THOMAS HAMPSON Autograph - to be released on Warner Classics this March. Encompassing opera, operetta, song, oratorio and Broadway musicals, this special collection – Thomas Hampson has personally overviewed the track selection – showcases his remarkable versatility and highlights some of his greatest operatic roles.
NOTTURNO. "This may be one of the finest recordings in the extensive discography of Thomas Hampson, and anyone with even a passing interest in Strauss's songs should consider adding this to their collection, no matter what other treasures might already be there." - Fanfare
Thomas Hampson - Liebst du um Schönheit. Gespräche mit Clemens Prokop. Erhältlich im Henschel Verlag.
SIMON BOCCANEGRA - available now.
TThomas Hampson Enters Gramophone's “Hall of Fame”
Thinkers and Doers: the American Academy of Arts and Sciences
Thomas Hampson Autograph – to be released on Warner Classics this March
February 27, 2015
One of today’s most innovative and insightful singers, Thomas Hampson is widely admired for his accomplished performances and his commitment to musical research and education. Encompassing opera, operetta, song, oratorio and Broadway musicals, this special collection – Thomas Hampson has personally overviewed the track selection – showcases his remarkable versatility and highlights some of his greatest operatic roles. The set also includes an interview documentary CD by Jon Tolansky, which offers fascinating insights into Hampson’s career and achievements.
In 2015, Thomas Hampson celebrates his 60th birthday. The American baritone’s international career was launched in 1981, when he joined the Deutsche Opera am Rhein in Düsseldorf, and he is renowned for the beauty and intelligence of his singing in opera and concert, and for his scholarly exploration of song – not least through his Hampsong Foundation, which propagates the art form.
‘Impassioned’ and ‘significant’ performances in Florida
February 17, 2015
“Sunday afternoon, Hampson brought a sampling from the spectrum of American song and a major vocal-orchestral work by John Adams to the New World Center in Miami Beach . . . He opened with My Days Have Been So Wondrous Free . . . In superb form, Hampson’s warm, resonant baritone and innate feeling for the idiom were entrancing. With the audience in the palm of his hand, he launched into a rousing version of The Dodger from Aaron Copland’s 1950 collection of Old American Songs . . . In Flanders Fieldcontrasts the once beautiful poppy fields with the multitudinous crosses of the dead. Hampson’s superbly clear diction, attention to dynamics and impassioned advocacy mirrored the songs’ uneasy contrast of patriotism and tragedy.
Following intermission, Hampson was joined by conductor Michael Tilson Thomas and members of the New World Symphony for Adams’ The Wound Dresser . . . Now stentorian, then dulcet, Hampson imbued Whitman’s imagery and the lyrical vocal writing with understated emotion. His voicing of Come sweet death, come quickly was chilling.”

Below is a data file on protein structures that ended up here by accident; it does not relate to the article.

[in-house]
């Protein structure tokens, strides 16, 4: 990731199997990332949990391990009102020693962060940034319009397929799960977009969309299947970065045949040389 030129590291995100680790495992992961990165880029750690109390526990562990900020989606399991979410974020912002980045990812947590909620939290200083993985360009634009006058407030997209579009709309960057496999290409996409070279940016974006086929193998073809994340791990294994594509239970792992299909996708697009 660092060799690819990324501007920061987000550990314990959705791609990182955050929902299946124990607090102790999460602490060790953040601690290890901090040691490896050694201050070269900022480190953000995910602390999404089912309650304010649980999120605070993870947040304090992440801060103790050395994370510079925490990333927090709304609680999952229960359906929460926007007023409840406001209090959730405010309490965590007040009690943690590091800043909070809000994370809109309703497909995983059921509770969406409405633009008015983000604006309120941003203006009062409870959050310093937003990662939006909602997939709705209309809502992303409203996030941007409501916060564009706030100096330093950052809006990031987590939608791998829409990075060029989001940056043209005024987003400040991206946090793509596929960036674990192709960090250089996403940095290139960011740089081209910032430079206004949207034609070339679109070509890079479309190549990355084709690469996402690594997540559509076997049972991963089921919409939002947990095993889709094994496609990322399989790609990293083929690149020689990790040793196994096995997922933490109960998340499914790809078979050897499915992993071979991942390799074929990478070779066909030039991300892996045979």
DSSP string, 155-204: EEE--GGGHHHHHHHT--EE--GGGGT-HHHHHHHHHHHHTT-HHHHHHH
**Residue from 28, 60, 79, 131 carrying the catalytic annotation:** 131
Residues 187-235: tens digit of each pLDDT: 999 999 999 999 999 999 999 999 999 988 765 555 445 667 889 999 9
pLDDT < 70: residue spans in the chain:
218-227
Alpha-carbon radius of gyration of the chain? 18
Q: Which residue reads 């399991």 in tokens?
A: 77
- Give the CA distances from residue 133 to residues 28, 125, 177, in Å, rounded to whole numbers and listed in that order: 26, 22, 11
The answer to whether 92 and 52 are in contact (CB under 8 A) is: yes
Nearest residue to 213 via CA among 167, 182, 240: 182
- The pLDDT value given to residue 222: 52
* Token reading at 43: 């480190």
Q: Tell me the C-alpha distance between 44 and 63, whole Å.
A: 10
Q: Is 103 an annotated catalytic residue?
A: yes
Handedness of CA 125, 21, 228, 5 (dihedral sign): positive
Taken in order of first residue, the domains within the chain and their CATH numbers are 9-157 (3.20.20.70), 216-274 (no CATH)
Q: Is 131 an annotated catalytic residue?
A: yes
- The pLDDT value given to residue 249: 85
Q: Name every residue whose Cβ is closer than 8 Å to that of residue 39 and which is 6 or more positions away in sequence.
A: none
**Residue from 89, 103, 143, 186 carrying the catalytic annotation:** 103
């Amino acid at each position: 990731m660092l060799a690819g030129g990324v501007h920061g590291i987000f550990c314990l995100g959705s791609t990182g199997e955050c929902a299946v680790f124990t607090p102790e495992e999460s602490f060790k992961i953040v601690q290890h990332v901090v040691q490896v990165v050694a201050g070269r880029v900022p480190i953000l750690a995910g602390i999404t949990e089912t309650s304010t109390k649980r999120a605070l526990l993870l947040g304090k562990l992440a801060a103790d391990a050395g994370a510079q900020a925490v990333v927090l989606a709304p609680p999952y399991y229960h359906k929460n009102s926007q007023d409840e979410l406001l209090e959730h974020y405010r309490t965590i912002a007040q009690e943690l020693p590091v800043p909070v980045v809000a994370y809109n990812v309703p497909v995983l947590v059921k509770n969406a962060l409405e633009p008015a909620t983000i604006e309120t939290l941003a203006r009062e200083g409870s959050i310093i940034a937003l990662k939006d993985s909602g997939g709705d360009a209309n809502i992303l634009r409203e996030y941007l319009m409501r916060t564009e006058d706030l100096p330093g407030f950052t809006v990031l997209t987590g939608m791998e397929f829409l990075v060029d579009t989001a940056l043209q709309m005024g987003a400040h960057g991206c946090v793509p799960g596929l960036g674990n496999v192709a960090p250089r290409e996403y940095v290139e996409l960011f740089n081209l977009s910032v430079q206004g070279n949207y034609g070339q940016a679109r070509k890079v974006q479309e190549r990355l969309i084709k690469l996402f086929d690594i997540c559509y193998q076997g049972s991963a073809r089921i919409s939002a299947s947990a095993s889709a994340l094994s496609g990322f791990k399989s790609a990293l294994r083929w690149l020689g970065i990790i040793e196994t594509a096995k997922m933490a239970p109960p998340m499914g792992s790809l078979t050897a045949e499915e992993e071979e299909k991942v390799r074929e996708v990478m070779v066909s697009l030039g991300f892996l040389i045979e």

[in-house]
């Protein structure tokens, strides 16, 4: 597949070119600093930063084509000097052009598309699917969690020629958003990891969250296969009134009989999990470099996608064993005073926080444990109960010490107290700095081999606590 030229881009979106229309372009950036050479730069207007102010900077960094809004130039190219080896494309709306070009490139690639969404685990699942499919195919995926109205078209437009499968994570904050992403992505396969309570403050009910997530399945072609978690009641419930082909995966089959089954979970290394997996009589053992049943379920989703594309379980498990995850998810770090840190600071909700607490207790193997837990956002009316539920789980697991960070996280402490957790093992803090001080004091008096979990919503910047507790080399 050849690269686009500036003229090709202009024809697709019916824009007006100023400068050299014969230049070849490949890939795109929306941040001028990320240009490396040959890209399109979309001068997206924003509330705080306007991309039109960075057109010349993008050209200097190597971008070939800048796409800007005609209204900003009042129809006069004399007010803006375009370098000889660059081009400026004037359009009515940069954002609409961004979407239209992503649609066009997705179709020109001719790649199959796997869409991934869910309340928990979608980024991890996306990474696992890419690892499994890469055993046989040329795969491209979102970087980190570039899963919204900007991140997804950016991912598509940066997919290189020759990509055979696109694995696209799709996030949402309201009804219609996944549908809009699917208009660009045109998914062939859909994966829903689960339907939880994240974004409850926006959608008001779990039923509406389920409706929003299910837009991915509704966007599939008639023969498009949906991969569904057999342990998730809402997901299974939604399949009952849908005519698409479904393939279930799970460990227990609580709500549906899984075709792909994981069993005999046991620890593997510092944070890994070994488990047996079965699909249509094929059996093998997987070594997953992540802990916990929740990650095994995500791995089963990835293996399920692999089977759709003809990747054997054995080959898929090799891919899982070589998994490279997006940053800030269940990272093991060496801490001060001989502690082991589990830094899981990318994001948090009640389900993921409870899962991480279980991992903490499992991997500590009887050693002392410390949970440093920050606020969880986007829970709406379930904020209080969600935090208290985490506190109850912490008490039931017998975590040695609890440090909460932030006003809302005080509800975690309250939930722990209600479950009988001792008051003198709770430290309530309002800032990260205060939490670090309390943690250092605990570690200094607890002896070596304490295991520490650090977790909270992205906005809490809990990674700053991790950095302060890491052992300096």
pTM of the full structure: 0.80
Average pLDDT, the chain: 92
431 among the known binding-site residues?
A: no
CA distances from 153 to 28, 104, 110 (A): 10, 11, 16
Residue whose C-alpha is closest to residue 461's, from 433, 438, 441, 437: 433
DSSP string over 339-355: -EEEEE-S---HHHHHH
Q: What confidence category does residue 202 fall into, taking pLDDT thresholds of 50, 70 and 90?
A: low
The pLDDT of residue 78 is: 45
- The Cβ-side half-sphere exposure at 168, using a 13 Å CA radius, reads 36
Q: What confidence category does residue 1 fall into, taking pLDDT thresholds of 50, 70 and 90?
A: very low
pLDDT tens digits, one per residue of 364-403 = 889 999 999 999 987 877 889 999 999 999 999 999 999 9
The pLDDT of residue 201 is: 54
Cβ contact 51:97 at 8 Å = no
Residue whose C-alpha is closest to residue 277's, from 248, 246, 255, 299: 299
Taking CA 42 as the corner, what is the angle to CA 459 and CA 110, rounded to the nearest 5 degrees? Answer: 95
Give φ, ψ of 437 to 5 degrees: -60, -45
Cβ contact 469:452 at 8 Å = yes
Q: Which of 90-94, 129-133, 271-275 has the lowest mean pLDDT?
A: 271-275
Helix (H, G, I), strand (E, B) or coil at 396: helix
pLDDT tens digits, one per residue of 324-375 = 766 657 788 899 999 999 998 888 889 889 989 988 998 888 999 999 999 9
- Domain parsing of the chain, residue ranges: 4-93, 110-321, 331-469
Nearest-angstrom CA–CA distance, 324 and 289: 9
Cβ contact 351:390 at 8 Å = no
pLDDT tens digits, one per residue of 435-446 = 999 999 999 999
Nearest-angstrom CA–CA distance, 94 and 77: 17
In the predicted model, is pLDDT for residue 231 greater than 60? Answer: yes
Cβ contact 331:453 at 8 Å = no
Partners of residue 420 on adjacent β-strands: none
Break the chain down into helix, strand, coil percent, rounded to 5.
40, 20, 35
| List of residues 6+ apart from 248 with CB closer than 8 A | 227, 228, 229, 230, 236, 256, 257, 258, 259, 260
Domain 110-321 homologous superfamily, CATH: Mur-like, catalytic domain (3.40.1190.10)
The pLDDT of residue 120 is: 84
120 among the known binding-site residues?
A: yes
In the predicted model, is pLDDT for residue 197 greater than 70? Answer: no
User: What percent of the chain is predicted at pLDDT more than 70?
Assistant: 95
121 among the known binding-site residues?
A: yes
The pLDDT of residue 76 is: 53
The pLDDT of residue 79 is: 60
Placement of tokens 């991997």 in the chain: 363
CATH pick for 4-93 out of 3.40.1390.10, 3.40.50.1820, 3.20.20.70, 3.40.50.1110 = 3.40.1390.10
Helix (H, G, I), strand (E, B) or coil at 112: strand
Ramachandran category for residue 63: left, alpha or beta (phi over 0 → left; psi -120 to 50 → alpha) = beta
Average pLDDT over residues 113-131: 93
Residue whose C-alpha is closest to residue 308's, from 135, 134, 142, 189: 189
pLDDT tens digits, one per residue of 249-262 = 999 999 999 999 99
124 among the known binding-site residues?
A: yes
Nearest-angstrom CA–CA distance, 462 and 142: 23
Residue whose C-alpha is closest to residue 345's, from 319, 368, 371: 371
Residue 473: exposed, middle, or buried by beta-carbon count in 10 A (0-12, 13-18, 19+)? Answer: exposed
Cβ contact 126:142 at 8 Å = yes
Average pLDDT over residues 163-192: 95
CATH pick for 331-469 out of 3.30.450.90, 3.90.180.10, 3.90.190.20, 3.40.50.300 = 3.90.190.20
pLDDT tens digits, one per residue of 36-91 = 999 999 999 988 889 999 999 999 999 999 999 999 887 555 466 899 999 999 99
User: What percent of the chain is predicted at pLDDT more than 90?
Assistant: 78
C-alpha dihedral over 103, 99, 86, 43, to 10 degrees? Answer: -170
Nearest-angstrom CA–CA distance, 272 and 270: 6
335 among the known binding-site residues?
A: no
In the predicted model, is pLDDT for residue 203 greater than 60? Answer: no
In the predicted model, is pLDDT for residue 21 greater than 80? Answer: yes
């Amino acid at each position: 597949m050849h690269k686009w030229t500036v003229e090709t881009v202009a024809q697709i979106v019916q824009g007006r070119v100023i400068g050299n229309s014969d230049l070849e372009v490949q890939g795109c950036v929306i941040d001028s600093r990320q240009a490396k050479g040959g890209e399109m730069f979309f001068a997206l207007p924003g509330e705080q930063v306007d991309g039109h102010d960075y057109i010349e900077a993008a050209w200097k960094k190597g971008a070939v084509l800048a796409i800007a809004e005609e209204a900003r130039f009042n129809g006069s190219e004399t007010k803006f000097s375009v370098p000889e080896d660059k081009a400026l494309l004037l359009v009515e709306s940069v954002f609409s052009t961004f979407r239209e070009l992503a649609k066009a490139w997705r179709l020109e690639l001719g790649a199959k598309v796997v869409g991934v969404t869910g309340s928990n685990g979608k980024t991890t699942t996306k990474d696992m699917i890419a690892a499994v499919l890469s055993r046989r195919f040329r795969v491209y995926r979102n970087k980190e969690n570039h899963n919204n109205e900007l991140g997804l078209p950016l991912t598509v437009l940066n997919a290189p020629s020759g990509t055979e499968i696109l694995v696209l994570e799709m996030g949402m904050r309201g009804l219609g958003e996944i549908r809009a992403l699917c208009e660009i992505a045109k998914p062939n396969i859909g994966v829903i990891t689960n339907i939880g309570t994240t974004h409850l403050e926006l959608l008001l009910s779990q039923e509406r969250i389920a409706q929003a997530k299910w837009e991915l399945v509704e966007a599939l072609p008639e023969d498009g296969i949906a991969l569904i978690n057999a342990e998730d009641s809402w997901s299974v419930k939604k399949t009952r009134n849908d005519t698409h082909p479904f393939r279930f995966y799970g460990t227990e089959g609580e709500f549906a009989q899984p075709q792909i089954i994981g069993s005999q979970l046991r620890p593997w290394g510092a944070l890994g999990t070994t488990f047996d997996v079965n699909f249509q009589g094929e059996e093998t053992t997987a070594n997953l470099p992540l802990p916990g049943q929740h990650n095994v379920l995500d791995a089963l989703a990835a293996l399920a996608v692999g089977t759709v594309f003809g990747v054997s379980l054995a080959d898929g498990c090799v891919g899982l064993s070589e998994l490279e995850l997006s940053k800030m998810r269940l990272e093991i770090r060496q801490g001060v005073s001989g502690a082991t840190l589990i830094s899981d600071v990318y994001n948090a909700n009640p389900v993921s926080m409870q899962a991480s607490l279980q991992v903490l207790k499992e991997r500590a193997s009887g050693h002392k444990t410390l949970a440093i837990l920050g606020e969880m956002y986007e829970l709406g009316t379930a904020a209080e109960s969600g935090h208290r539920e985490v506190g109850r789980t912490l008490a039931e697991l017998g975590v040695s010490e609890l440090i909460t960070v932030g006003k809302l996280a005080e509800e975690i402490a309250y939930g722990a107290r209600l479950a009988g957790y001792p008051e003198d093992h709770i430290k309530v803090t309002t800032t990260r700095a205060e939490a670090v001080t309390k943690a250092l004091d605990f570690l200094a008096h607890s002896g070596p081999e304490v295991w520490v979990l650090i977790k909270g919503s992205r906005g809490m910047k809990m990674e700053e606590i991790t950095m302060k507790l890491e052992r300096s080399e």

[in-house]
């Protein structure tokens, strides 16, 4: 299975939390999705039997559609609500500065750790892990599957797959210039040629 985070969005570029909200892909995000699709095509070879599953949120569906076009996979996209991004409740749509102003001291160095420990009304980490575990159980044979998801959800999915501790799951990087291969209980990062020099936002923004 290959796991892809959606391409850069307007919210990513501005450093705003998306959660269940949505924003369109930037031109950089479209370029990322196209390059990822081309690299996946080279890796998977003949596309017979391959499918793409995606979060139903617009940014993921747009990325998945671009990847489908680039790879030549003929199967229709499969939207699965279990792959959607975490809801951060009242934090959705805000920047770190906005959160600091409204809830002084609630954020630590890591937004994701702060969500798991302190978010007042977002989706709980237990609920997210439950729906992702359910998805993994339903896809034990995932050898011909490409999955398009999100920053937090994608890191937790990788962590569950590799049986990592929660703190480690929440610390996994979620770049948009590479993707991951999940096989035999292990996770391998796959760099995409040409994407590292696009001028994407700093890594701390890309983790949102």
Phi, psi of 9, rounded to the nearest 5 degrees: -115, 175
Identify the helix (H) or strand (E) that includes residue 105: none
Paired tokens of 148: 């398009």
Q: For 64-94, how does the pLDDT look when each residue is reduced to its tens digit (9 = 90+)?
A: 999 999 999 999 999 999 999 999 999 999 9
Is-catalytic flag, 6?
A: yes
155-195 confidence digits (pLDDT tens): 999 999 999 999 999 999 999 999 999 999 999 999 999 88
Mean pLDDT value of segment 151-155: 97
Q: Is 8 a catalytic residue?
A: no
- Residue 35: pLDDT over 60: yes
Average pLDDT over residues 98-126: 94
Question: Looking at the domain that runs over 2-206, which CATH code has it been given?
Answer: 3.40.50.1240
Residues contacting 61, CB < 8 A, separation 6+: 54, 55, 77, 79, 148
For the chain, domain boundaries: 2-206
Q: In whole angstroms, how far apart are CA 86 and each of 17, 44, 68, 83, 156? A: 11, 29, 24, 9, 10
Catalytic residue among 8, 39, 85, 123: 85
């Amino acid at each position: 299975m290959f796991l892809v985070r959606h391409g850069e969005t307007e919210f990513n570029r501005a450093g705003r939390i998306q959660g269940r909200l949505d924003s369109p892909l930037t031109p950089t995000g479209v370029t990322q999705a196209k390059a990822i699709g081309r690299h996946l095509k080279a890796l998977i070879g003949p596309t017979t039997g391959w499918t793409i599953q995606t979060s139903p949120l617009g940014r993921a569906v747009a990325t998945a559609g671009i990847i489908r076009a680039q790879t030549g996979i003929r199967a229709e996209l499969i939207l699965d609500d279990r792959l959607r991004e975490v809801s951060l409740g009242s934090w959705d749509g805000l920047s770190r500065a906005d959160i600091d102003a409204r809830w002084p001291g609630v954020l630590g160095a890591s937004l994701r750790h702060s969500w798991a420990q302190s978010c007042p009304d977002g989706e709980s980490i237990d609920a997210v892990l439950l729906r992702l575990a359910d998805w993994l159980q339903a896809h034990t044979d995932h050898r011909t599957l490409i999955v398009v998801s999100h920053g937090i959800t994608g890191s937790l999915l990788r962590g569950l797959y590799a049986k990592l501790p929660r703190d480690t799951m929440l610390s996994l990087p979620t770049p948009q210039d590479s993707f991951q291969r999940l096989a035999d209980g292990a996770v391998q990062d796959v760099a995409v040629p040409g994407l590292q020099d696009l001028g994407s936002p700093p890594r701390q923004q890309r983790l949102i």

Lawrence Budmen – South Florida Classical Review
Highlights from recent NYC performances
February 11, 2015
Thomas Hampson presented a Carnegie Hall recital on February 9, featuring an affecting and thoughtfully curated program:
“In classical music, the difference between art and artifact is made up by context . . . But give that music some meaning in terms of our own memories and cultural experiences, and it comes alive. No one in classical music does this better than baritone Thomas Hampson . . . Hampson and Reiger played some explicitly martial music, but for the most part they gave the audience music that turned war from policy into consequence: loss, death, haunted memories . . . There were two Langston Hughes songs, “The Negro Speaks of Rivers,” composed by Margaret Bonds, and Jean Berger’s great “Lonely People.” Bonds’ song may not be a masterpiece, but Hampson sang it like one . . . A true masterpiece finished the concert, Bernstein’s setting of an unpublished Whitman poem, “To What You Said,” from the composer’s Songfest . . . Bernstein’s song is one of the great art songs, of any time, in any language, and Hampson’s singing it is always one of the great experiences in music.”
George Grella – New York Classical Review
Upcoming performances in the U.S.
February 9, 2015
A true champion of modern works, Thomas Hampson has selected pieces for his upcoming performances that reflect the energy and vibrancy of today’s contemporary music scene. Thomas Hampson travels to the sunny state of Florida to present a recital with pianist Wolfram Rieger, on February 11. The Society of The Four Arts in Palm Beach, FL, hosts this special event, with a program featuring the Florida premiere of Jennifer Higdon’s Civil Words, which received its world premiere on February 9 as part of Mr. Hampson’s Carnegie Hall Recital. The evening will also feature music by Strauss, Barber, Copland, Ives, and many others. Following his appearance in Palm Beach, Mr. Hampson performs with the New World Symphony in Miami, FL, led by renowned conductor Michael Tilson Thomas. The concert (February 15) includes music by Copland, Ives, Adams, Foster, Hopkinson, and Higdon’s Civil Words.
In March, Hampson will sing another premiere; “War Songs,” by composer Richard Danielpour. The Nashville Symphony commissioned these songs especially for the occasion, to be premiered by Mr. Hampson. Additionally, he will perform Danielpour’s new work “Songs of Solitude” as part of the concerts, which also feature Mendelssohn’s Hebrides Overture and Beethoven’s Symphony No. 8 from the orchestra, led by Giancarlo Guerrero. Performances take place March 12, 13 & 14.
BBC HARDtalk - Thomas Hampson
Sarah Montague speaks to opera star Thomas Hampson who says the way to get people to love opera is to get them to understand it, and then it has the power to transform. If Hampson is right, could one of the most elite and expensive art forms have worldwide appeal?